“But since the elections, there is a now a new momentum in Indonesia,” Lubis says. “Jokowi’s government will have a golden opportunity in its first year, with the people willing to accept the costs necessary to pave the way for renewed reform.”

Concern has been expressed about his adversary Prabowo moving to seize control of parliament and already starting to legislate the country back to the future — including by removing direct elections of top regional officials.

But Jokowi has yet to announce his vast array of cabinet and other positions. This is likely to swing support his way.

He is moving, for instance, to attract the establishment Golkar party, which previously backed Suharto, to join his coalition, with its tycoon leader Aburizal Bakrie in something of a business tailspin.

And if Jokowi’s PDI-P party leader, former president Megawati Sukarnoputri, can be persuaded to sit down with outgoing President Susilo Bambang Yudhoyono, his Democratic Party may also come across.

Prabowo’s influence will diminish with the inauguration, when parliament will probably return to its now traditionally fluid pattern of loyalties. Still, it will be challenging for Jokowi to stay on top not only of the legislature but even of the executive.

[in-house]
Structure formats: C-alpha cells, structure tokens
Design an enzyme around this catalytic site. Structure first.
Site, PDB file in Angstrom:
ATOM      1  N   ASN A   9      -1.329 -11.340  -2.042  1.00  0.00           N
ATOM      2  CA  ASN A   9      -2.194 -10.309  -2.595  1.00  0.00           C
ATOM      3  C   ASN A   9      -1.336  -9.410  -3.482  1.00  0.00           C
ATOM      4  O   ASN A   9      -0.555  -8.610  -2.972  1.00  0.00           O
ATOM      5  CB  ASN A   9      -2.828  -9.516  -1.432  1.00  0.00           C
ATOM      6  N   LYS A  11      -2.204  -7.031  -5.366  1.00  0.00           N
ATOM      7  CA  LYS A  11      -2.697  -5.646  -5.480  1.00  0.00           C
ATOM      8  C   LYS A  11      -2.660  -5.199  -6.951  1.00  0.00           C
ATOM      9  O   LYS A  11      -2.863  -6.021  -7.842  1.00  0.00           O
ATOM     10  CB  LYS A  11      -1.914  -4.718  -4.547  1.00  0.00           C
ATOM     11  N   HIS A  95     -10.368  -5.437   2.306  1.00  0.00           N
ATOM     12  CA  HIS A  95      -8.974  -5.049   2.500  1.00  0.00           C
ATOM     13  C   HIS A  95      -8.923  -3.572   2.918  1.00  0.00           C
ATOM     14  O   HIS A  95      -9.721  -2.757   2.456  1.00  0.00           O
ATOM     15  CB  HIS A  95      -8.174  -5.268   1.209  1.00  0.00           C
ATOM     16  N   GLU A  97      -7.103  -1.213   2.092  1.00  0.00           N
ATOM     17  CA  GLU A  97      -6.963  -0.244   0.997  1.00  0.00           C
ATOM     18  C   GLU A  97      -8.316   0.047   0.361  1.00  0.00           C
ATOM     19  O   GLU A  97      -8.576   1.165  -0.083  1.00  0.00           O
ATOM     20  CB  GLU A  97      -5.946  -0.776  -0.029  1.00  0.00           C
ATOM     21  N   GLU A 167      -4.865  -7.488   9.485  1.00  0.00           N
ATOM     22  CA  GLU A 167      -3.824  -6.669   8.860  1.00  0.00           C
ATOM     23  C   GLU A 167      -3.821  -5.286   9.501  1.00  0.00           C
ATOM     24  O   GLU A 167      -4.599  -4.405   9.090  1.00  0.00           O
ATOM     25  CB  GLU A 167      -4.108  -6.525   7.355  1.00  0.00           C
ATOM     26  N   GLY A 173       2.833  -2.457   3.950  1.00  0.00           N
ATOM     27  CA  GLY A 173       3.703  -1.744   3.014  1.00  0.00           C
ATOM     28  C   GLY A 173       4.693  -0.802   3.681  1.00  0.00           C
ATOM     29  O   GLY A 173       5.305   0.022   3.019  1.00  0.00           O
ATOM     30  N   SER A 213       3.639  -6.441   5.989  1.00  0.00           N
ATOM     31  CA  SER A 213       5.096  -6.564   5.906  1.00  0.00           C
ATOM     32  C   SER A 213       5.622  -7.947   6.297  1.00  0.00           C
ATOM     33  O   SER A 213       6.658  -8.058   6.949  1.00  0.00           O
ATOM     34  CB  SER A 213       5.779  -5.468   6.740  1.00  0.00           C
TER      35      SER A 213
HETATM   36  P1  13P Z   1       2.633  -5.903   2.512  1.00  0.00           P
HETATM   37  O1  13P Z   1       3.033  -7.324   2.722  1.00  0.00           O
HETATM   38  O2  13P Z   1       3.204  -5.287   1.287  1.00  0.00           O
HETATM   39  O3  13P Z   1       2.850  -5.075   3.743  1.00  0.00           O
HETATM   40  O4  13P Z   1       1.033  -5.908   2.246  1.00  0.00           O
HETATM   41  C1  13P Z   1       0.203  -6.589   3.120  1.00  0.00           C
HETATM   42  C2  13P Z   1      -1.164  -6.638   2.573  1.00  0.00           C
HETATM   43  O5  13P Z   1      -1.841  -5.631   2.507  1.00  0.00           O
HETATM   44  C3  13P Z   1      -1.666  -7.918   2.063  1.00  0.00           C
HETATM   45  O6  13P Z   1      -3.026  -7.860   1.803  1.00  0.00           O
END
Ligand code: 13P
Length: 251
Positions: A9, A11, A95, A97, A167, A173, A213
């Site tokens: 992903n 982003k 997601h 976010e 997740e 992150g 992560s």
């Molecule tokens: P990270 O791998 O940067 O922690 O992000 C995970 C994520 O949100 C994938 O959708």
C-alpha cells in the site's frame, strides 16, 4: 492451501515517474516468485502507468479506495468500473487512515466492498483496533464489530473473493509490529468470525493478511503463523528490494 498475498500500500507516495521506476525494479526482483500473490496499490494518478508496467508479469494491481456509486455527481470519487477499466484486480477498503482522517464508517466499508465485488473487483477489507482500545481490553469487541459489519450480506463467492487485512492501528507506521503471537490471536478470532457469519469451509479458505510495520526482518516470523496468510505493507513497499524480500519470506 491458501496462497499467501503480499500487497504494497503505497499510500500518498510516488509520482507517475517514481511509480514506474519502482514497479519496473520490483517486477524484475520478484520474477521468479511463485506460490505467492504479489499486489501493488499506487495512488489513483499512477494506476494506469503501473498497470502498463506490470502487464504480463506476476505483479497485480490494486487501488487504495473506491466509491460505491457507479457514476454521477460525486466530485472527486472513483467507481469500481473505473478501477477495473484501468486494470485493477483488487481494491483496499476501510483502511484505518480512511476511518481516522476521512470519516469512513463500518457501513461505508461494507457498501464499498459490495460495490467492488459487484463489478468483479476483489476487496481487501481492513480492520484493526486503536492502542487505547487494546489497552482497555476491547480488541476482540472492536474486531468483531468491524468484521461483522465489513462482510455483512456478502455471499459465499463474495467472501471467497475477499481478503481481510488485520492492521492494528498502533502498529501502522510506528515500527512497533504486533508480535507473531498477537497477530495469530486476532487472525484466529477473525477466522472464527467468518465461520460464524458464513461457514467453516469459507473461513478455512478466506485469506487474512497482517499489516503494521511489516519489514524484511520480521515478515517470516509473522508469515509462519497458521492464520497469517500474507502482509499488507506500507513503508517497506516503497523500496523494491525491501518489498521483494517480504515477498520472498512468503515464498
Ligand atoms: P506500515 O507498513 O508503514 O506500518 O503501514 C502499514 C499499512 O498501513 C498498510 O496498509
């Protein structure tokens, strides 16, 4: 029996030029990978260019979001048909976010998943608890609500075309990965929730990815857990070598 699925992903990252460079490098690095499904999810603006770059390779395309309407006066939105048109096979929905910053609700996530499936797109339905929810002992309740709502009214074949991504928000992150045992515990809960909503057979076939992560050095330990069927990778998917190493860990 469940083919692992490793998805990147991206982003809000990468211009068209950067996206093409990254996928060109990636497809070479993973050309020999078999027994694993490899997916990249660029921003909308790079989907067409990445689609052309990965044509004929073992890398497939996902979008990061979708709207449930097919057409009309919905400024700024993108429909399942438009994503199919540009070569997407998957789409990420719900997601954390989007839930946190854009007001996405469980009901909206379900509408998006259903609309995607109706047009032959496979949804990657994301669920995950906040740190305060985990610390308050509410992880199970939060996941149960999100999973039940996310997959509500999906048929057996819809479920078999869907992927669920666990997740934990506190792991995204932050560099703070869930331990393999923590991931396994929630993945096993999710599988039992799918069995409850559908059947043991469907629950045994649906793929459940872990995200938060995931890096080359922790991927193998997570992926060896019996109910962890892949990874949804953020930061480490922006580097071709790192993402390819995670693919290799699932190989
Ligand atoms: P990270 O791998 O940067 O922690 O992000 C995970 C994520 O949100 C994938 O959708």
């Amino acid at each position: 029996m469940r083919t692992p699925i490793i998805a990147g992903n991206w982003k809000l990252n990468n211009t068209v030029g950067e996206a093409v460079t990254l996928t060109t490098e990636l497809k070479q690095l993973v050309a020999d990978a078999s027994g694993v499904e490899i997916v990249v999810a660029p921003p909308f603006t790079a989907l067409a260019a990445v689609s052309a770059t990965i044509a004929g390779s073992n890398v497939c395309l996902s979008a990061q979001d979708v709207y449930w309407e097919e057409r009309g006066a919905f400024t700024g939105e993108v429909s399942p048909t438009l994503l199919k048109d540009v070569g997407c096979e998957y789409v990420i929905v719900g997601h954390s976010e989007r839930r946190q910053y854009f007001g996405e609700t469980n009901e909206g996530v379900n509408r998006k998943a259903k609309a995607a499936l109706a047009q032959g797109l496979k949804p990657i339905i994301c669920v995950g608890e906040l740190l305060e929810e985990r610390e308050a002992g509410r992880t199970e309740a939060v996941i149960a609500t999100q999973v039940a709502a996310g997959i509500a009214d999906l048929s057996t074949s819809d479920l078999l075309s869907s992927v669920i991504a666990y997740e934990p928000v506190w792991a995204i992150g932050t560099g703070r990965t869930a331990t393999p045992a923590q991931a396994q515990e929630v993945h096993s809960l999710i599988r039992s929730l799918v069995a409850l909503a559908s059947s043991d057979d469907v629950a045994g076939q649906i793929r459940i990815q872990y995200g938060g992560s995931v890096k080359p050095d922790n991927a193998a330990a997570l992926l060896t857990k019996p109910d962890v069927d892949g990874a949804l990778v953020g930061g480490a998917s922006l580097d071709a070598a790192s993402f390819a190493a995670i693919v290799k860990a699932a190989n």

For although Jokowi can mobilise his chief assets — his grassroots popularity, civil society, and most media organisations — to realise his reformist domestic goals, he is likely to share decision-making, including on major appointments, with Megawati and with his highly experienced vice-president Jusuf Kalla — in part because of his lack of authority, as a relative newcomer, within the PDI-P power structure.

Jokowi has asked Sri Mulyani Indrawati, Indonesia’s top economist and a vice-president at the World Bank, to return as finance minister, but she appears reluctant.

He will need big guns in the economic portfolios — and convincing voices in parliament — as he will have to slash the massive government fuel subsidies, which eat up almost a quarter of the total budget, to achieve his reformist program in health, education and infrastructure.